Longstocking and the long view Страница 2 of 3
are especially important at this point in Bulgaria's history; after the 'big change' and in the run-up to Bulgaria's accession to the European Union.
"This is very important for us now when we are building a 'modern society'. I think it's very important and very positive that many Bulgarian students - young people - can visit Sweden and come back to Bulgaria already well acquainted with the Swedish model of democracy, which is really a very well functioning model - not without problems of course - but it has proved that it's really pragmatic and it's also a subject of development - it's not static." The result of these exchanges is that when young people come back to Bulgaria, they think differently. "They have seen democracy in action, seen a society based on equality. That's why it is very important for us to have more and more students, not only in Scandinavian Studies, but more and more young people, go to Sweden and come back with this idea."
As well as taking Sweden as an example of a democratic political model to be learnt from, there are literary and artistic achievements to be shared. Professor Gancheva is currently co-ordinating the international bicentennial celebrations of Danish author Hans Christian Andersen. More than 40 participants from countries including Bulgaria, Sweden, Denmark and Russia took part in a conference on the author earlier this year. The celebrations continue throughout 2005 with many events including ballet performances based on The Red Shoes and The Emperor's New Clothes.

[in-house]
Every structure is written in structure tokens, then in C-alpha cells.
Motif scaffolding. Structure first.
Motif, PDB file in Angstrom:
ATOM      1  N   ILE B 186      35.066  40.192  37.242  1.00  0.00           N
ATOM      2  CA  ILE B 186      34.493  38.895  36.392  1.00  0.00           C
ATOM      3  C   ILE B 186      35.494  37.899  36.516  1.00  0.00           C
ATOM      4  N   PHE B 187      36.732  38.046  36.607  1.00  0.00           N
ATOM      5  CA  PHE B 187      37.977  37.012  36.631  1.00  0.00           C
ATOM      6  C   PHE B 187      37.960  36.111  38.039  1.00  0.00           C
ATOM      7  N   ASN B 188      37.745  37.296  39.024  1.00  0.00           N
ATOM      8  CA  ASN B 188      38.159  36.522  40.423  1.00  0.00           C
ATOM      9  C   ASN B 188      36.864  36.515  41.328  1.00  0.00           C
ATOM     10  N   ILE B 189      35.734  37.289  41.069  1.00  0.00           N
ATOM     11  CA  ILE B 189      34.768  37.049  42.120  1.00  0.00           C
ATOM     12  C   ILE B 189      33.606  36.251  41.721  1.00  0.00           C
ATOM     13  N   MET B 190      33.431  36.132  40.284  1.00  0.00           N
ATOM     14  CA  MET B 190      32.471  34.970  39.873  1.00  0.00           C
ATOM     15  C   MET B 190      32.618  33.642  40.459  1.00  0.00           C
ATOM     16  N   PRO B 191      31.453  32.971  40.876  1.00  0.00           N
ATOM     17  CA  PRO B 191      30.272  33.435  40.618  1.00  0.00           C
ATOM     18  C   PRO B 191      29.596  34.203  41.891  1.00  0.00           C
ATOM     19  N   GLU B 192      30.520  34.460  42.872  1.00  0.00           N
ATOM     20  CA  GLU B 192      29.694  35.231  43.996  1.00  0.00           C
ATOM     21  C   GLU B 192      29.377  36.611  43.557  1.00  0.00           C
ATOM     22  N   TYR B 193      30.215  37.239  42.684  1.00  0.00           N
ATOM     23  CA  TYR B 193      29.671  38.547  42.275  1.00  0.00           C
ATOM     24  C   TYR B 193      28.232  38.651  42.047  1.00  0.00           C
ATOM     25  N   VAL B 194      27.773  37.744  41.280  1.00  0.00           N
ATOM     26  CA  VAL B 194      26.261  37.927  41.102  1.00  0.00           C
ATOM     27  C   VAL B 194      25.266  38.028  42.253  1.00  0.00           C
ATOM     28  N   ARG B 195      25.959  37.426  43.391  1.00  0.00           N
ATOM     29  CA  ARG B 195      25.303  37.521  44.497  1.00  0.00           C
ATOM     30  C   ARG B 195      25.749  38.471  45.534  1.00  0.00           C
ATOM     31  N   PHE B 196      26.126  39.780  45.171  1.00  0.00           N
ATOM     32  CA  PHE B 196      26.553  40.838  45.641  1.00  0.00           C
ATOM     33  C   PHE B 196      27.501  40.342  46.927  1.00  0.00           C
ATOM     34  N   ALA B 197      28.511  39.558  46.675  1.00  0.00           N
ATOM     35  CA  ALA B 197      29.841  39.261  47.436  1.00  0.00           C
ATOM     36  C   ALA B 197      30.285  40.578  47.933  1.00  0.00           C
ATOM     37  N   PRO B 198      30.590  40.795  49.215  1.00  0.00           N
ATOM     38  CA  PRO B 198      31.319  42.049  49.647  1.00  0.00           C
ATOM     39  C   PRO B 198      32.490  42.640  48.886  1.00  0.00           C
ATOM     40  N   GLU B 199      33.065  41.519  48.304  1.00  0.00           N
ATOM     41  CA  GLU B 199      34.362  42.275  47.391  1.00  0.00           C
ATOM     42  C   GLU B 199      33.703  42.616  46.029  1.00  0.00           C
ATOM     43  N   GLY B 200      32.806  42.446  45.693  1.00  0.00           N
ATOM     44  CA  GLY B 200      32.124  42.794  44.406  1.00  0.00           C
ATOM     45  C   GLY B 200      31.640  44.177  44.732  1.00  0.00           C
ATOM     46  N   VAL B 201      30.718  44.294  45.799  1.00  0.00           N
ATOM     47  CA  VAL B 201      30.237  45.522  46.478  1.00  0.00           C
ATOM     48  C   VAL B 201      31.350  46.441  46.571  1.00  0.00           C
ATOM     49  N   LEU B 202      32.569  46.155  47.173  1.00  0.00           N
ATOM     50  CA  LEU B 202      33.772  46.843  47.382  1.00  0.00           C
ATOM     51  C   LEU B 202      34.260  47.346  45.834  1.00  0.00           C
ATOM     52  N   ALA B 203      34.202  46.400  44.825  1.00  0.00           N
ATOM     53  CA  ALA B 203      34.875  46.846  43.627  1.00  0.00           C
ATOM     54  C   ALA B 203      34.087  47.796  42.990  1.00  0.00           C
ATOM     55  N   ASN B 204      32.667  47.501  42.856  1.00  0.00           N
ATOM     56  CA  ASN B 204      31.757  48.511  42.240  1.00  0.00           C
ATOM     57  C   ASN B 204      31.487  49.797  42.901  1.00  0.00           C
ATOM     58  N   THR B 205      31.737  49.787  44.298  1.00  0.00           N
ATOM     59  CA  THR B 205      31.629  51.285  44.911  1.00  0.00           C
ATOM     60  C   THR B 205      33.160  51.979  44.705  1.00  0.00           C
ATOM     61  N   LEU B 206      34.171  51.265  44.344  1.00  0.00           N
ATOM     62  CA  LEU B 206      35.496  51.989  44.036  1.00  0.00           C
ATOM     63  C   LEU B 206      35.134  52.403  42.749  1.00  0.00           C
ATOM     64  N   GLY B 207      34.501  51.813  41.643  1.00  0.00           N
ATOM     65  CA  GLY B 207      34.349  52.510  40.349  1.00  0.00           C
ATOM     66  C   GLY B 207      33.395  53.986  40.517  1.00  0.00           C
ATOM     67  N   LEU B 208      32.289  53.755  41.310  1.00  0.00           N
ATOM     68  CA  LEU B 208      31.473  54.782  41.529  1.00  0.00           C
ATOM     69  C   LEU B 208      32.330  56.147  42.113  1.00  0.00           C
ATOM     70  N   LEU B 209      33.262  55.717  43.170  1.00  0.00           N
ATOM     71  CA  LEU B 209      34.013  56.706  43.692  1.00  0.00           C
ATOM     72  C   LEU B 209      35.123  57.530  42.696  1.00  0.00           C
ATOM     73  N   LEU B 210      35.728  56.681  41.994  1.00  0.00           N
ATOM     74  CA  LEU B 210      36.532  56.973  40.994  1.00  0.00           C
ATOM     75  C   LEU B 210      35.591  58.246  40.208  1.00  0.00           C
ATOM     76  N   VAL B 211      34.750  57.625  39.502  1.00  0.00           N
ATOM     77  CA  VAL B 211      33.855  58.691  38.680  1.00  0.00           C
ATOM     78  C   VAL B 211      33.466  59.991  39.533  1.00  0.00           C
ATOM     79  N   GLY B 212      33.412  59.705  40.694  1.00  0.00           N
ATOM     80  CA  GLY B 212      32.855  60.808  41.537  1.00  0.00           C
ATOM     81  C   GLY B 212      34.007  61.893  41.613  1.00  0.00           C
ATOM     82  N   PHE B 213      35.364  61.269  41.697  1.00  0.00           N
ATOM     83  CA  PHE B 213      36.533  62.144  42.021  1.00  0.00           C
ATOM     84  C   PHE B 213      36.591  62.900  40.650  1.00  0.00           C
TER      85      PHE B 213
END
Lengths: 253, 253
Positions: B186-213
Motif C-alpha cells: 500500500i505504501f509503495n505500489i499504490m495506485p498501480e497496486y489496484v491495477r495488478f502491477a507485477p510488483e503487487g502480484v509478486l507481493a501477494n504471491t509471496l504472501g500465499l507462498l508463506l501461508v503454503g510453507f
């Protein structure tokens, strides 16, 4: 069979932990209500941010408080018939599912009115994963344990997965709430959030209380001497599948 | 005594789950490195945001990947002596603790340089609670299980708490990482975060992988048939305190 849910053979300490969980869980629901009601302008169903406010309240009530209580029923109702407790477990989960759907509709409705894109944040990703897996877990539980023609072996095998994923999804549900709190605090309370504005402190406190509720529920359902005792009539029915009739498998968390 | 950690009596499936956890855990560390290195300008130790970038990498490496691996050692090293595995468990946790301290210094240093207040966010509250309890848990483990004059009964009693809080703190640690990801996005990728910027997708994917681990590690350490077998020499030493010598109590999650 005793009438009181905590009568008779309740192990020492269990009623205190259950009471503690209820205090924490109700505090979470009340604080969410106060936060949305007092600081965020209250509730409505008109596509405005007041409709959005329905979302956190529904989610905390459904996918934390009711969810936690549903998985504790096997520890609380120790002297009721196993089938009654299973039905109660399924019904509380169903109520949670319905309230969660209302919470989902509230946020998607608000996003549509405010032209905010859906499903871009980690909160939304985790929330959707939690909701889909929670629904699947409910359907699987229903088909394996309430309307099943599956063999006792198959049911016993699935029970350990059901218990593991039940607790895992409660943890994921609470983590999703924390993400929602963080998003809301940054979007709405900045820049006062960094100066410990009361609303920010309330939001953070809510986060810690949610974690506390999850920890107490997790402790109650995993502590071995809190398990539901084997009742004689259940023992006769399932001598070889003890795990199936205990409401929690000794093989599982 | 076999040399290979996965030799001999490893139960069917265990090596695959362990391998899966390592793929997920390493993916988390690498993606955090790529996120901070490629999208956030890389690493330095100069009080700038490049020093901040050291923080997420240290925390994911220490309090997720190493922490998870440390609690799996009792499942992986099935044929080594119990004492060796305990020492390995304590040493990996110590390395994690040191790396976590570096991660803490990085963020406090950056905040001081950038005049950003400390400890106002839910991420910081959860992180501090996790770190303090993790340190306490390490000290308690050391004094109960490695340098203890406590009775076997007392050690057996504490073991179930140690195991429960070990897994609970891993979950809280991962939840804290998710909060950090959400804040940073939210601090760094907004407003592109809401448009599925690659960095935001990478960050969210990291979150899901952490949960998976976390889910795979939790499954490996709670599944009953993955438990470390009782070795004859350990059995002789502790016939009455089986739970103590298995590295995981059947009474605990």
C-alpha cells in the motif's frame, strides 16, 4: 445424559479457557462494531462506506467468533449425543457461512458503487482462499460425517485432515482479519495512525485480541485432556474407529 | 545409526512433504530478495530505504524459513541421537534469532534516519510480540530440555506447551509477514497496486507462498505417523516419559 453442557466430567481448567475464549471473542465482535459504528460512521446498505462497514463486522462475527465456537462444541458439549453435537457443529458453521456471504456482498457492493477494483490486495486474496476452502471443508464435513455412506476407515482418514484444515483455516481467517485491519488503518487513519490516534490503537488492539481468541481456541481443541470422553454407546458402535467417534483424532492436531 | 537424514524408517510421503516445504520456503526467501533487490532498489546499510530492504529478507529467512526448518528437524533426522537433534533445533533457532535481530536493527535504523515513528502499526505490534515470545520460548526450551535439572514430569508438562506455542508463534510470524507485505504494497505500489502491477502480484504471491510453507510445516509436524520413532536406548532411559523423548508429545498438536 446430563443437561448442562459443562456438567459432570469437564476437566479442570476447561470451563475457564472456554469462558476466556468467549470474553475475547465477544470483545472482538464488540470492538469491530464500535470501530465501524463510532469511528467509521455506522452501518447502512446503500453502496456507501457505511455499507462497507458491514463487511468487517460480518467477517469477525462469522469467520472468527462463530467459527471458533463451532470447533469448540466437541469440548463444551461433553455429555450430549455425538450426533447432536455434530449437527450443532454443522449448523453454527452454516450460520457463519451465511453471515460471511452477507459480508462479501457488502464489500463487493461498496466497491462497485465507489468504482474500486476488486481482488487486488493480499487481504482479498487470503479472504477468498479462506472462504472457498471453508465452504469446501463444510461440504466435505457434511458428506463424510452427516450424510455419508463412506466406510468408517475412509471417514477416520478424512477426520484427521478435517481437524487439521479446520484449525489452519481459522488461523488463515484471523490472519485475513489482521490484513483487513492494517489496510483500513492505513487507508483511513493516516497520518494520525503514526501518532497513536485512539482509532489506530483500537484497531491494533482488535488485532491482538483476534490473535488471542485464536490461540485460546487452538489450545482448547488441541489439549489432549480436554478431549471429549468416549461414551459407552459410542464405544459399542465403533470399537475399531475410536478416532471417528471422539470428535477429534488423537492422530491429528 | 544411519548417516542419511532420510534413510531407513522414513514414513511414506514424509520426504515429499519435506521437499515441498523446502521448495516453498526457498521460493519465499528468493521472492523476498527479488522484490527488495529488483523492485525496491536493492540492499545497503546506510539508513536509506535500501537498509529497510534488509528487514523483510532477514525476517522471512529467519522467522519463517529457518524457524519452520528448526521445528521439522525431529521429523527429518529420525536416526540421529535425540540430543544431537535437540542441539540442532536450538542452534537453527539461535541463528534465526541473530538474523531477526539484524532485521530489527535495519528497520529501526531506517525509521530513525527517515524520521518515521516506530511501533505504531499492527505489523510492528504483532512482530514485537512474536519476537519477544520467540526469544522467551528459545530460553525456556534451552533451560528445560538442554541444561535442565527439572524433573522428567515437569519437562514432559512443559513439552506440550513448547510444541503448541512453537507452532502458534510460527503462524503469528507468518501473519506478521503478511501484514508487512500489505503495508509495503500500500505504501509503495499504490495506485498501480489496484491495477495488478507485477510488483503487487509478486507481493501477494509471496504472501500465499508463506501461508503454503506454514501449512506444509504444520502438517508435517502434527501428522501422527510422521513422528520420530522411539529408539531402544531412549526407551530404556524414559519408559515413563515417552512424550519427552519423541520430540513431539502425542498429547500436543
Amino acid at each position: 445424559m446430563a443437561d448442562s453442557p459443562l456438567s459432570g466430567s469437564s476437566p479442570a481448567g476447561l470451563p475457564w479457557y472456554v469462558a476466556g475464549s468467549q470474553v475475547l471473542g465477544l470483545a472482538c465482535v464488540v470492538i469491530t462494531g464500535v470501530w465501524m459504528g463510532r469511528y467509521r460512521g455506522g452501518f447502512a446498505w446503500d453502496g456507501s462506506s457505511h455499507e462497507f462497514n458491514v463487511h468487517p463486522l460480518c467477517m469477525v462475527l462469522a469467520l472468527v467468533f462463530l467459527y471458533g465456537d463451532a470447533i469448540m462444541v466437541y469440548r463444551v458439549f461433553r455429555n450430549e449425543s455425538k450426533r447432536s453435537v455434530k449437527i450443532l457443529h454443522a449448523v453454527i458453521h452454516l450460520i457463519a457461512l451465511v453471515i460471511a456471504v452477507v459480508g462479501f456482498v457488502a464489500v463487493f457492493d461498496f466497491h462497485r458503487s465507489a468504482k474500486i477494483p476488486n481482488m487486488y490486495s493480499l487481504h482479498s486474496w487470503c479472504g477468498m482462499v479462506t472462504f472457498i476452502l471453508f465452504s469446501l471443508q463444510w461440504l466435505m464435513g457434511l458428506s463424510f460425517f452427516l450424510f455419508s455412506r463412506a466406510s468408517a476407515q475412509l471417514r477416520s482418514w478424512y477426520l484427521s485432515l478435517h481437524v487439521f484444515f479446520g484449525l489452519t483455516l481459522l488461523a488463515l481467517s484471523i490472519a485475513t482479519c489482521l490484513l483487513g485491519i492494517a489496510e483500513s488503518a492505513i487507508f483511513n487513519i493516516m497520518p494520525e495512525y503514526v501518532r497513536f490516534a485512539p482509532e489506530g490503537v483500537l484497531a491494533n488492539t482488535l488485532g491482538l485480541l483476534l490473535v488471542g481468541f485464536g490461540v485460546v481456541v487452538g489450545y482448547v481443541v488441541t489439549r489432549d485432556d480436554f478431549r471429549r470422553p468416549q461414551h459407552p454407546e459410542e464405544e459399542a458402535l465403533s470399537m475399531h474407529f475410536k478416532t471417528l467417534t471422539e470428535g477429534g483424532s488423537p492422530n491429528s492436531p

Also in the sphere of literature, Gancheva translated much-loved Swedish author Astrid Lindgren's Pippi Longstocking into Bulgarian; a service for which many Bulgarians must be extremely grateful, judging by the large amount of the population who cite this as a staple of their childhoods. "Pippi also contributed to this image of Scandinavia as space of freedom," says Gancheva, referring to Bulgarians' romantic notion of the region. "When Pippi came out in Bulgarian it was in the early 1970s, when we had another kind of society - more closed, more limited, highly ideological. And Pippi was considered as a kind of revolutionary. It was a book which really made an incentive for revolution, especially among young people, because Pippi speaks freely about everything. She created a revolution in Sweden and in other parts of Europe, but also in Bulgaria."
Gancheva is also involved in trying to get Bulgarian writers better known in Sweden. "There are Bulgarian authors who have been translated into Swedish, but not so many, unfortunately. We would like to have many Bulgarian authors known to Swedish readers. So, last year we organised a seminar dedicated to the latest events and trends and personalities in Swedish literature." The conference, organised with the help of the Swedish Institute; one of many j dedicated to Swedish literature and culture organised on a regular basis at the university, hosted well-known Swedish and Bulgarian writers. The main subject of the conference was: 'let's know each other better.'